The reduction the operation voltage has been the key challenge to realize of dielectric elastomer actuators (DEA) for many years - especially for the application fields of robotics, lens systems, haptics and future medical implants. Contrary to the approach of manipulating the dielectric properties of the electrically activated polymer (EAP), we intend to realize low-voltage operation by reducing the polymer thickness to the range of a few hundred nanometers. A study recently published presents molecular beam deposition to reliably grow nanometer-thick polydimethylsiloxane (PDMS) films. The curing of PDMS is realized using ultraviolet (UV) radiation with wavelengths from 180 to 400 nm radicalizing the functional side and end groups. The understanding of the mechanical properties of sub-micrometer-thin PDMS films is crucial to optimize DEAs actuation efficiency. The elastic modulus of UV-cured spin-coated films is measured by nano-indentation using an atomic force microscope (AFM) according to the Hertzian contact mechanics model. These investigations show a reduced elastic modulus with increased indentation depth. A model with a skin-like SiO2 surface with corresponding elastic modulus of (2.29 ± 0.31) MPa and a bulk modulus of cross-linked PDMS with corresponding elastic modulus of (87 ± 7) kPa is proposed. The surface morphology is observed with AFM and 3D laser microscopy. Wrinkled surface microstructures on UV-cured PDMS films occur for film thicknesses above (510 ± 30) nm with an UV-irradiation density of 7.2 10-4 J cm-2 nm-1 at a wavelength of 190 nm.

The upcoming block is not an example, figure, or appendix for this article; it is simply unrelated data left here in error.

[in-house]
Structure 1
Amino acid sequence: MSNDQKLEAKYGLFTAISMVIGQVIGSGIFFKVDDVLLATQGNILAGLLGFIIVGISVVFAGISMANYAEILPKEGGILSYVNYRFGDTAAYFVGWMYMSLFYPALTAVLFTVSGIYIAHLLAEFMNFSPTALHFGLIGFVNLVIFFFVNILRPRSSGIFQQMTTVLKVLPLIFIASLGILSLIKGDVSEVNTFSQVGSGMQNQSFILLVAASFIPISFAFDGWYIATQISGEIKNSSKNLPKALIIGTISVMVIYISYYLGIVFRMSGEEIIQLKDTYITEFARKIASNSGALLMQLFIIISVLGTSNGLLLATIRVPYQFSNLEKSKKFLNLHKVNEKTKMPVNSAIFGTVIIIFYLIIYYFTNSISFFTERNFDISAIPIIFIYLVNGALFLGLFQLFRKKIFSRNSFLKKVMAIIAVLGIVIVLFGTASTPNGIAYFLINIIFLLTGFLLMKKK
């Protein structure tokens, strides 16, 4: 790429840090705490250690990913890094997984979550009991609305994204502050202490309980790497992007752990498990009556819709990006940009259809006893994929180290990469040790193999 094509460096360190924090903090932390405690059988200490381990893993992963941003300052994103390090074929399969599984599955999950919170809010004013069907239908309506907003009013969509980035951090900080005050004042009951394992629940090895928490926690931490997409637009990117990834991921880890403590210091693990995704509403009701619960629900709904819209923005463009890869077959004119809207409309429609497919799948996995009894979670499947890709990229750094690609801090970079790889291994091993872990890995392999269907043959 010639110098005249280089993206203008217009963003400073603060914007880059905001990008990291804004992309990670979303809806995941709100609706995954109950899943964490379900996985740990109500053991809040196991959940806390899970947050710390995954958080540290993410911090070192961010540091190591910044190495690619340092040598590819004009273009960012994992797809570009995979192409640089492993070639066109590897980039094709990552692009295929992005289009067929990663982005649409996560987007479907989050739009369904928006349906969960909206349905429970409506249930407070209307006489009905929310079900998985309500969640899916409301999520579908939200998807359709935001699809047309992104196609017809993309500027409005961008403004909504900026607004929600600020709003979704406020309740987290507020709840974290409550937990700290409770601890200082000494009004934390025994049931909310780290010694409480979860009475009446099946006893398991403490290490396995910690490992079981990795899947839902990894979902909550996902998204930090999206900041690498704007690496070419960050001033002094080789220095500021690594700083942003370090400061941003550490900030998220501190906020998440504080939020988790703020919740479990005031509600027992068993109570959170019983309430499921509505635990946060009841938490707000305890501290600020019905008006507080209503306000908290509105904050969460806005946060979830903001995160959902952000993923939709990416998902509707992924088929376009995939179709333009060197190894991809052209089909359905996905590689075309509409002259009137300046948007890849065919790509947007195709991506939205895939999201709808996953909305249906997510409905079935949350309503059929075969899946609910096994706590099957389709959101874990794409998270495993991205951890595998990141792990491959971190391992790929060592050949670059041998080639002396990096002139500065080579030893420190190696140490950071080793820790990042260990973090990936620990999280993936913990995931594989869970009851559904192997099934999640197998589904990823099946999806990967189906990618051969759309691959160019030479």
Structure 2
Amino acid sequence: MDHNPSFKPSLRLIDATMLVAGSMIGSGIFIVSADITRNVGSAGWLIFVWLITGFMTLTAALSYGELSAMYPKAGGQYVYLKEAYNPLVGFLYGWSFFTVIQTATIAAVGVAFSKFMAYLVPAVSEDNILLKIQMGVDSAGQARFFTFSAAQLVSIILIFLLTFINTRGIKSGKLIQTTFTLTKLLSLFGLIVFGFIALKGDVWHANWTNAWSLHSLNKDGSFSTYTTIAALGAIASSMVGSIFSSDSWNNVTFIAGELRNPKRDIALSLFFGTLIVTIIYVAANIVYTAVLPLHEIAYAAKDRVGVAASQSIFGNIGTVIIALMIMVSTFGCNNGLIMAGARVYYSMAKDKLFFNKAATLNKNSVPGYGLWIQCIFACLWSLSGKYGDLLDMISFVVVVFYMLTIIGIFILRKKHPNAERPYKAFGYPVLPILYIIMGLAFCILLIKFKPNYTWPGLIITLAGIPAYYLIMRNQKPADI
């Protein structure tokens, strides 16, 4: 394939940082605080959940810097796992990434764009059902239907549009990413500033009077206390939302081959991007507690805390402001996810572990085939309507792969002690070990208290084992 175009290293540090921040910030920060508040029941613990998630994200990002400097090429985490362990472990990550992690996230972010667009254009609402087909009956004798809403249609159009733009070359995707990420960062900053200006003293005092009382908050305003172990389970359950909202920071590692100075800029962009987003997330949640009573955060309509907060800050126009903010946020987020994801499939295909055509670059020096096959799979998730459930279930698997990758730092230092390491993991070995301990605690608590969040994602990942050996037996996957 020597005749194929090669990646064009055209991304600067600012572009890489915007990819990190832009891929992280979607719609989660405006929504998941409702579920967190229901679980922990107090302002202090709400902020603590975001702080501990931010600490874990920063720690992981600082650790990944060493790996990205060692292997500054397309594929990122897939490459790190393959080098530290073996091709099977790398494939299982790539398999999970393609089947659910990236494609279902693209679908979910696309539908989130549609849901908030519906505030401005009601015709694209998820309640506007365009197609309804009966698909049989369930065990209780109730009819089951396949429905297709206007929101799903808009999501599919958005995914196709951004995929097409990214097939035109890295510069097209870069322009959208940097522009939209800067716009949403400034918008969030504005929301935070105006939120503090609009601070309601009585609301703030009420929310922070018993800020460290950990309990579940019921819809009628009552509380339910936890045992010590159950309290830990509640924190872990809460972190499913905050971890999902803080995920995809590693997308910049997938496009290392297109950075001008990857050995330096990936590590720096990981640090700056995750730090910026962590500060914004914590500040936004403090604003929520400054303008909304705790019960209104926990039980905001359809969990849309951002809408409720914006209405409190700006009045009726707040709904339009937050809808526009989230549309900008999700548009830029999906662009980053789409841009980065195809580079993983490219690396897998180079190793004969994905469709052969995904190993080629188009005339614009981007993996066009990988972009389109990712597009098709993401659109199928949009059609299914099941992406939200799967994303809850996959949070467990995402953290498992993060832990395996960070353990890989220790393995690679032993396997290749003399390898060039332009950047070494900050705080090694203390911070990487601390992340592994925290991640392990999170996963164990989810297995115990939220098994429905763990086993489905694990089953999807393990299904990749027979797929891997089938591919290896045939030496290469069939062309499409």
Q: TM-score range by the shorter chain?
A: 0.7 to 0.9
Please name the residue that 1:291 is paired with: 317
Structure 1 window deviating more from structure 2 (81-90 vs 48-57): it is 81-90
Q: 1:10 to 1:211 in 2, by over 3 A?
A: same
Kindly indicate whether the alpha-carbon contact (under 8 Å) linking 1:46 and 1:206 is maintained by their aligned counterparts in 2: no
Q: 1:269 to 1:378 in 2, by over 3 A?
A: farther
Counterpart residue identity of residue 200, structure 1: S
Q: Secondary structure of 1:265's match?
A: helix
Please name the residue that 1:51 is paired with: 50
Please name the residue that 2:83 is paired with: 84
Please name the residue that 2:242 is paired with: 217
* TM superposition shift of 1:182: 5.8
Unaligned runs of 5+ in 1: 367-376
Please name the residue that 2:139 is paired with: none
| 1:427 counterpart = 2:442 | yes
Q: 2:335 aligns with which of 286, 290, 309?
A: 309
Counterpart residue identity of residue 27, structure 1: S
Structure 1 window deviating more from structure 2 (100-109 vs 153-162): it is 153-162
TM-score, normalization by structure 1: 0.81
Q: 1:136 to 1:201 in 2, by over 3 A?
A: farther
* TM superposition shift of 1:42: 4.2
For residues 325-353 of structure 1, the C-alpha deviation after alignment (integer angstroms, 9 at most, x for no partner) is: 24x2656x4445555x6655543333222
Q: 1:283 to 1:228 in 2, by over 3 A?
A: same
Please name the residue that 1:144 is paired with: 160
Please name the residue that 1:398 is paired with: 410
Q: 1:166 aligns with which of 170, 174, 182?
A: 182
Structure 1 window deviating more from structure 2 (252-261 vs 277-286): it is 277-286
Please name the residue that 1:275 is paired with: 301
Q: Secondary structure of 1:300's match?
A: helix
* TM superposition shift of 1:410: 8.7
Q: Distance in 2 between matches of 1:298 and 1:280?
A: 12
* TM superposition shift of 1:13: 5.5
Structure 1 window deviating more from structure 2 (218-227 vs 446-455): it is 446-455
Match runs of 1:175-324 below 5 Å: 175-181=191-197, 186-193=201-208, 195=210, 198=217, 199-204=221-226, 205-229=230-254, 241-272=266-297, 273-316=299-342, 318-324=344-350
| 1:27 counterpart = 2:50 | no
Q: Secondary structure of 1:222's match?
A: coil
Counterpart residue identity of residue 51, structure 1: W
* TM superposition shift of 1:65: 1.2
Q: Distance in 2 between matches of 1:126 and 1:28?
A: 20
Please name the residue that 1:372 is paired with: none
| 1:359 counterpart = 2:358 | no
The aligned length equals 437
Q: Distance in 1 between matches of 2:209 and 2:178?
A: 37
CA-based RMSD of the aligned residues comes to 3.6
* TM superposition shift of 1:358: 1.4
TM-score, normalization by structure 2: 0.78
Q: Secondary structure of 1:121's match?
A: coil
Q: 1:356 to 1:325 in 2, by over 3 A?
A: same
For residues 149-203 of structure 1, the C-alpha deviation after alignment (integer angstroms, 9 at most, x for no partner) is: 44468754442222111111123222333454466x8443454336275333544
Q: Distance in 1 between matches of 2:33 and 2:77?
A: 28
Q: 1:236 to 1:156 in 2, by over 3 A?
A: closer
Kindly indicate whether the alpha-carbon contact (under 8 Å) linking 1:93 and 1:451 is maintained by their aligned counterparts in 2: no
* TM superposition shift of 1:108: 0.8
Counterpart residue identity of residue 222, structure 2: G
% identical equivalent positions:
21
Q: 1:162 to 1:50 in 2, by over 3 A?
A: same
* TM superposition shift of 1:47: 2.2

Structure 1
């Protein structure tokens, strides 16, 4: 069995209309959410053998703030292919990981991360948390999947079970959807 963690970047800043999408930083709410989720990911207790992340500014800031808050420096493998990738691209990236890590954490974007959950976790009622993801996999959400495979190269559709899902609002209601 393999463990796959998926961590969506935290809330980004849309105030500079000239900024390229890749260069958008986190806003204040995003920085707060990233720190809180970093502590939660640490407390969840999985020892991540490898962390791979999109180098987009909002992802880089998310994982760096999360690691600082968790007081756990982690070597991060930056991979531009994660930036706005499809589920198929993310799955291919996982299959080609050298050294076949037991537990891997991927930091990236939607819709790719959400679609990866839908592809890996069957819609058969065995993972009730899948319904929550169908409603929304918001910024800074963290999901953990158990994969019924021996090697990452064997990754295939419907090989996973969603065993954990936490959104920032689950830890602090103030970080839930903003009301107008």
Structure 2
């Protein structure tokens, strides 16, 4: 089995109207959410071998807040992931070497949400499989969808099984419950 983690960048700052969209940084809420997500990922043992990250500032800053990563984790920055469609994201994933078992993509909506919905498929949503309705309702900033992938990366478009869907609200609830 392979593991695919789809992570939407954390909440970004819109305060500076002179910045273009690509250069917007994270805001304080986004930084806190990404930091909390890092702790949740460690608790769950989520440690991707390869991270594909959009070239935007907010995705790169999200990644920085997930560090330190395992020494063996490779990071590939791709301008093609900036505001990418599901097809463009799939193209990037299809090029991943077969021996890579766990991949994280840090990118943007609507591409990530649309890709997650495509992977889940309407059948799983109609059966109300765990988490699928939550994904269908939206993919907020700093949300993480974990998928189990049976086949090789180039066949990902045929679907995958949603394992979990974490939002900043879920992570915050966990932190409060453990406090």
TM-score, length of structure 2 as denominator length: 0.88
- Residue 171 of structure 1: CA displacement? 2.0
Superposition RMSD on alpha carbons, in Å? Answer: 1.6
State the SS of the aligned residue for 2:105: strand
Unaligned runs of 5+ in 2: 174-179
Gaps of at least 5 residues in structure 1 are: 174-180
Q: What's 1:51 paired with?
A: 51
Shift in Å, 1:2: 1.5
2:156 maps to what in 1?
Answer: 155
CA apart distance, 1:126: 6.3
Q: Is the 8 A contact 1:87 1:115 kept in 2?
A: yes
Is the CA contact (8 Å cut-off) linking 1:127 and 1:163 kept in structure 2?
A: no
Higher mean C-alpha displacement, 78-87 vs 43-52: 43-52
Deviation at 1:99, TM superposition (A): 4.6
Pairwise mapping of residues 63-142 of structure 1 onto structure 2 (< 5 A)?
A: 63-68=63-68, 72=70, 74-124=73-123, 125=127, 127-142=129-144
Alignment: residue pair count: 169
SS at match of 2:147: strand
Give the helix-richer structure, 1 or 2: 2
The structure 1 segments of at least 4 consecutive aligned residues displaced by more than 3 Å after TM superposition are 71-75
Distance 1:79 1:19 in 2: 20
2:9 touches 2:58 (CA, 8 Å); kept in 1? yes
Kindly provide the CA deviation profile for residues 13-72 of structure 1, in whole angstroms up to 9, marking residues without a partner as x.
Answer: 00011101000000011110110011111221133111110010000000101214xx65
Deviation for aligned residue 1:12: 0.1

Tino Töpper, Fabian Wohlfender, Florian Weiss, Bekim Osmani, and Bert Müller, "Characterization of ultraviolet light cured polydimethylsiloxane films for low-voltage, dielectric elastomer actuators," Proc. SPIE 9798, Electroactive Polymer Actuators and Devices (EAPAD) 2016, 979821 (Presented at SPIE Smart Structures and Materials + Nondestructive Evaluation and Health Monitoring: March 24, 2016; Published: 15 April 2016); https://doi.org/10.1117/12.2218608.
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